Forging a Social Contract Working Group and Advisors
Mohammad-Mahmoud Ould Mohamedou (Ph.D) is Deputy Director and Academic Dean of the Geneva Centre for Security Policy, Professor at the Graduate Institute of International and Development Studies in Geneva, and Lecturer at Sciences Po. He holds a Ph.D in Political Science from the City University of New York. Previously, he was Associate Director of the Harvard University Programme on Humanitarian Policy and Conflict Research, and served as Minister of Foreign Affairs of Mauritania, and on the Kofi Annan-appointed West African Commission on Drugs. He has authored multiple publications, with research focusing on political violence and transnational terrorism, the transformation of warfare, transitions to democracy, and contemporary MENA socio-politics.
Seth D. Kaplan is a Professorial Lecturer in the Paul H. Nitze School of Advanced International Studies (SAIS) at Johns Hopkins University, Senior Adviser for the Institute for Integrated Transitions (IFIT), and consultant to the World Bank and other organizations working on governance, state building, and poverty reduction. He is the author of two books on fragile states, Fixing Fragile States: A New Paradigm for Development and Betrayed: Promoting Inclusive Development in Fragile States, the lead author of the Inclusive Transitions Framework for fragile states, and runs the website http://www.fragilestates.org/. He lived in China for seven years and speaks Mandarin Chinese.
Marie-Joëlle Zahar is Professor of Political Science and Fellow at the Centre for International Research and Studies at the Université de Montréal. She has served as Senior Expert on Power Sharing at the UN Department of Political Affairs, is a former board member of the Canadian Political Science Association, and of the executive committee of the Canadian Consortium on Human Security. She has consulted, among others, for the UN Office for the Coordination of Humanitarian Affairs, the United States Institute of Peace, and the Canadian Government, as well as non-governmental organizations working in post-conflict settings. She is a specialist of militia politics, transition violence and post-conflict power sharing with a strong regional experience in Middle East politics.
Thania Paffenholz (Ph.D) is Research Associate at the Graduate Institute's Centre on Conflict, Peacebuilding and Development in Geneva, and Director of the Inclusive Peace and Transition Initiative. She received her Ph.D. in international relations from the University of Frankfurt, Germany, focusing on the theory and practice of mediation and peacebuilding in armed conflicts. Thania is an internationally recognised expert in support of peace processes with 25 years of work experiences both as an academic and a policy advisor. She has supported peace processes in many countries in Africa and Asia. She received the Wihuri International Prize in 2015 for her work as a peace researcher.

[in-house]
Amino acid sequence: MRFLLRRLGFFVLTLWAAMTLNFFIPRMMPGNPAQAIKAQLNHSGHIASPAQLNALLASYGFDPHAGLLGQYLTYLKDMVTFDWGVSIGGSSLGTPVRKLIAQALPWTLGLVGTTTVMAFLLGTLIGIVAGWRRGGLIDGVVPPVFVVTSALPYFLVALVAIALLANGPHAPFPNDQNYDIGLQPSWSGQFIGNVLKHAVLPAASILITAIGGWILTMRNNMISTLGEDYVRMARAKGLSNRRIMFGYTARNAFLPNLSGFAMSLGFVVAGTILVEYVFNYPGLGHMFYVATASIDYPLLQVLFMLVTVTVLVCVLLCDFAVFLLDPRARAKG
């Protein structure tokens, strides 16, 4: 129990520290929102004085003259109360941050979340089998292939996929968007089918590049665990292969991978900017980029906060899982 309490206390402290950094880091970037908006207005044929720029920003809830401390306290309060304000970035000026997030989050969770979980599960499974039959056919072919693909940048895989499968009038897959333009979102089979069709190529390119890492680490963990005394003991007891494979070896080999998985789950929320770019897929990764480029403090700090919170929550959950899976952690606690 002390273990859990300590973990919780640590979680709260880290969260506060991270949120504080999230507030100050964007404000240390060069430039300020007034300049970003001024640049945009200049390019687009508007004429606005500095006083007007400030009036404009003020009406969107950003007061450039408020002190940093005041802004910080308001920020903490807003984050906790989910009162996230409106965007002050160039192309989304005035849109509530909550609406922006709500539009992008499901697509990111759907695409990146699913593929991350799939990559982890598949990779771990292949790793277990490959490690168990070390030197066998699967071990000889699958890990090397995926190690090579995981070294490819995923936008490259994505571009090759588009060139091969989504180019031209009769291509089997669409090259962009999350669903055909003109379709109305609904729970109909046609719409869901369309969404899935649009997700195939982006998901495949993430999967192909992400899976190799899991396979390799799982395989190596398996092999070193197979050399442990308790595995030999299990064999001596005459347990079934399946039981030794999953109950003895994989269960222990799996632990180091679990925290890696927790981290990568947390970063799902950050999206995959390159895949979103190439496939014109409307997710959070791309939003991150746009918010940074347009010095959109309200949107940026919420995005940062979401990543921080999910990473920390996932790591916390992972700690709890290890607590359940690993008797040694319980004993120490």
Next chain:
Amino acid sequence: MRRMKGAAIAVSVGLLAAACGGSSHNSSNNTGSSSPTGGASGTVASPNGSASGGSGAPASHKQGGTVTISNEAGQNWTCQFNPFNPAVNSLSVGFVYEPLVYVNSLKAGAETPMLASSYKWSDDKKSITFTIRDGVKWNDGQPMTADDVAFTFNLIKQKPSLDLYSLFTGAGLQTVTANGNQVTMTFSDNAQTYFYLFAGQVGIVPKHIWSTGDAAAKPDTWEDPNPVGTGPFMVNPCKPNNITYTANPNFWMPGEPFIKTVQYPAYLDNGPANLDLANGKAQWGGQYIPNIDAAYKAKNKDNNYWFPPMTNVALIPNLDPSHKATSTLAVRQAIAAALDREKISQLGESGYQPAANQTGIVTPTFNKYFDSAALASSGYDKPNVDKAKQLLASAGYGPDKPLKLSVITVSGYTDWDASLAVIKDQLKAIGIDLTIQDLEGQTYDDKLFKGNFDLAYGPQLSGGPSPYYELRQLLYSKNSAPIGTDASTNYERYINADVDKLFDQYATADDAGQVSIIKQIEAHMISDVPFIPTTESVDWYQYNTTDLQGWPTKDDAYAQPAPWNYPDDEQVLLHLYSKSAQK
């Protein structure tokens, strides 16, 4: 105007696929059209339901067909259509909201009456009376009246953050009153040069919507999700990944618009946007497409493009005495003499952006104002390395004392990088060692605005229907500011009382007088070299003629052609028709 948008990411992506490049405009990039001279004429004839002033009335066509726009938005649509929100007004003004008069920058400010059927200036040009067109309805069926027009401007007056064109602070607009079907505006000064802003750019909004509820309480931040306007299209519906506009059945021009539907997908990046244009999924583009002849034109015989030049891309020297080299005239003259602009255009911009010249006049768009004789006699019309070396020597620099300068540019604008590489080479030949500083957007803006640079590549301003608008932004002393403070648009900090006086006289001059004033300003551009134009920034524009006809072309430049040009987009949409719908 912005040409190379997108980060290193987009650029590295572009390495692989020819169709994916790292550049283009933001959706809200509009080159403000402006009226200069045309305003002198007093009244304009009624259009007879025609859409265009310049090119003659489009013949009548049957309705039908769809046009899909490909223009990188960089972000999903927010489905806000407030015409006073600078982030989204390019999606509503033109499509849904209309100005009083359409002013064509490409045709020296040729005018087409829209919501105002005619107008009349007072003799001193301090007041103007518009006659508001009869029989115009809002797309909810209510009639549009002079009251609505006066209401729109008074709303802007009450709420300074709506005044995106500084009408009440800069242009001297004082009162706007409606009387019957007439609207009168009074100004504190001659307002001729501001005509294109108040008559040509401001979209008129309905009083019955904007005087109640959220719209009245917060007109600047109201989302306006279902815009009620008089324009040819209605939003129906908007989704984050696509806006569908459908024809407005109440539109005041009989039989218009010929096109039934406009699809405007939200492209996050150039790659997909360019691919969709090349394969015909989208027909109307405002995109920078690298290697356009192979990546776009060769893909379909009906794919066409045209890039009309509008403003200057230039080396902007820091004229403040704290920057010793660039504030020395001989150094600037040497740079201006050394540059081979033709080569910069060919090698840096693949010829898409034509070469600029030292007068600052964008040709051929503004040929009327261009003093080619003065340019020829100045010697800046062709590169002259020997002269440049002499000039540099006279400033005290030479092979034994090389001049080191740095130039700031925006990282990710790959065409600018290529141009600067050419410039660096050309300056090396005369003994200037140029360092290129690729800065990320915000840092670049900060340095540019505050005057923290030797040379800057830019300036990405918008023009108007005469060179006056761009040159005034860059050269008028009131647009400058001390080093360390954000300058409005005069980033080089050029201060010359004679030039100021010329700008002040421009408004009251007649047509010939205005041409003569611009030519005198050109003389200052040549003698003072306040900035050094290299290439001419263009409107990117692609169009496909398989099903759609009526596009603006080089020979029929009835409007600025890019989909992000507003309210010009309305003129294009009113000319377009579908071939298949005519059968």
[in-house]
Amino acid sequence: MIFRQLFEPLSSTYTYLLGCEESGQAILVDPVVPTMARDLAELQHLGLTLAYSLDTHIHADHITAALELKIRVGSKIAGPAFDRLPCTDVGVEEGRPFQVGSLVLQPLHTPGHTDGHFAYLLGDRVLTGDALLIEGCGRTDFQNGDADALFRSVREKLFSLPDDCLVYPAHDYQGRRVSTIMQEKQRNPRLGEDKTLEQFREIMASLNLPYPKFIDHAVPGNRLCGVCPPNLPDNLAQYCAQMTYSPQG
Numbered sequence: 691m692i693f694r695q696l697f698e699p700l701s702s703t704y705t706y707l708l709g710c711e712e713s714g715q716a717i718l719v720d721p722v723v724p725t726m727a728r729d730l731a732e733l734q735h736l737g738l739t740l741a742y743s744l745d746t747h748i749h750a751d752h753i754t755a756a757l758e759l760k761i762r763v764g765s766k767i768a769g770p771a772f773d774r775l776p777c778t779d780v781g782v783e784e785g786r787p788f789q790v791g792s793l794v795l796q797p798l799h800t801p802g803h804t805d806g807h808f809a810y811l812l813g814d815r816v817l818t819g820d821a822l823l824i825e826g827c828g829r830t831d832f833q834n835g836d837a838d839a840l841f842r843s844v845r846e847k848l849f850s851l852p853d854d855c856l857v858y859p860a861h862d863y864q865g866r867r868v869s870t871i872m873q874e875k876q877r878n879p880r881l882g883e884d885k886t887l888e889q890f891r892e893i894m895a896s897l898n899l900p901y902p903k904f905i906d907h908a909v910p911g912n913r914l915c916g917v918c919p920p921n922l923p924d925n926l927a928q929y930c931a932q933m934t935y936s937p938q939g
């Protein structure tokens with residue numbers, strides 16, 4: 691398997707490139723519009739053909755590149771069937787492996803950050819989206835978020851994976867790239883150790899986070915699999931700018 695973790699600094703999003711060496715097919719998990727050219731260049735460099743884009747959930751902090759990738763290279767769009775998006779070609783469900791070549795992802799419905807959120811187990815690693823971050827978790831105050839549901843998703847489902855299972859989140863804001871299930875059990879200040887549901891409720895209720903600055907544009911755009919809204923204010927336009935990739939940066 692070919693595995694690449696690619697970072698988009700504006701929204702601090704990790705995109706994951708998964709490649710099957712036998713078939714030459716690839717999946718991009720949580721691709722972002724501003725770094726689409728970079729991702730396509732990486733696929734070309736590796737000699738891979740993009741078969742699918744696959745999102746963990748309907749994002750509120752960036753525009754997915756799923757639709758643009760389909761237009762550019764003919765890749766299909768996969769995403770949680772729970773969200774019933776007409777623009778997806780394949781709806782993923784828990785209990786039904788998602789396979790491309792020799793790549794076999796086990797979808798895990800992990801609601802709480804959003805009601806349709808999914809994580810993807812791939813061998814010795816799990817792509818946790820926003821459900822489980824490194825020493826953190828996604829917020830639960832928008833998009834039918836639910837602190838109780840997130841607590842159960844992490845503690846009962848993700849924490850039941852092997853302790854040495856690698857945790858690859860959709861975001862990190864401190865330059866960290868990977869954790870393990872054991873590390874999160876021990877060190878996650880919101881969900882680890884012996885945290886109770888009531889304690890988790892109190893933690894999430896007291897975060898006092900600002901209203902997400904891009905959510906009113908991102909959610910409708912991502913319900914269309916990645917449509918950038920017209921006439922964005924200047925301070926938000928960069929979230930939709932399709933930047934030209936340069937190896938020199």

Mary Hope Schwoebel (Ph.D) is an Assistant Professor of peace and conflict studies at Nova Southeastern University. She earned her Ph.D. from the School of Conflict Analysis and Resolution at George Mason University. She has worked for UN agencies, USAID, Peace Corps, and non-governmental organizations, and prior to joining the NSU, spent five years at the United States Institute of Peace, where she designed and led dialogues and training in Afghanistan, Pakistan, Yemen, Colombia, Nigeria, and elsewhere, and has written policy-oriented publications and book chapters on a variety of topics related to international peacebuilding. She brings 30 years of experience in the fields of peacebuilding, governance, humanitarian assistance, and development.
Alina Rocha Menocal is a Senior Research Fellow at the Developmental Leadership Program (DLP) at the University of Birmingham, on secondment from the Overseas Development Institute (ODI). She specialises in Political Settlements and the Politics of Inclusion, and on issues related to democratisation, linkages between state and society, and peace- and state-building in comparative perspective.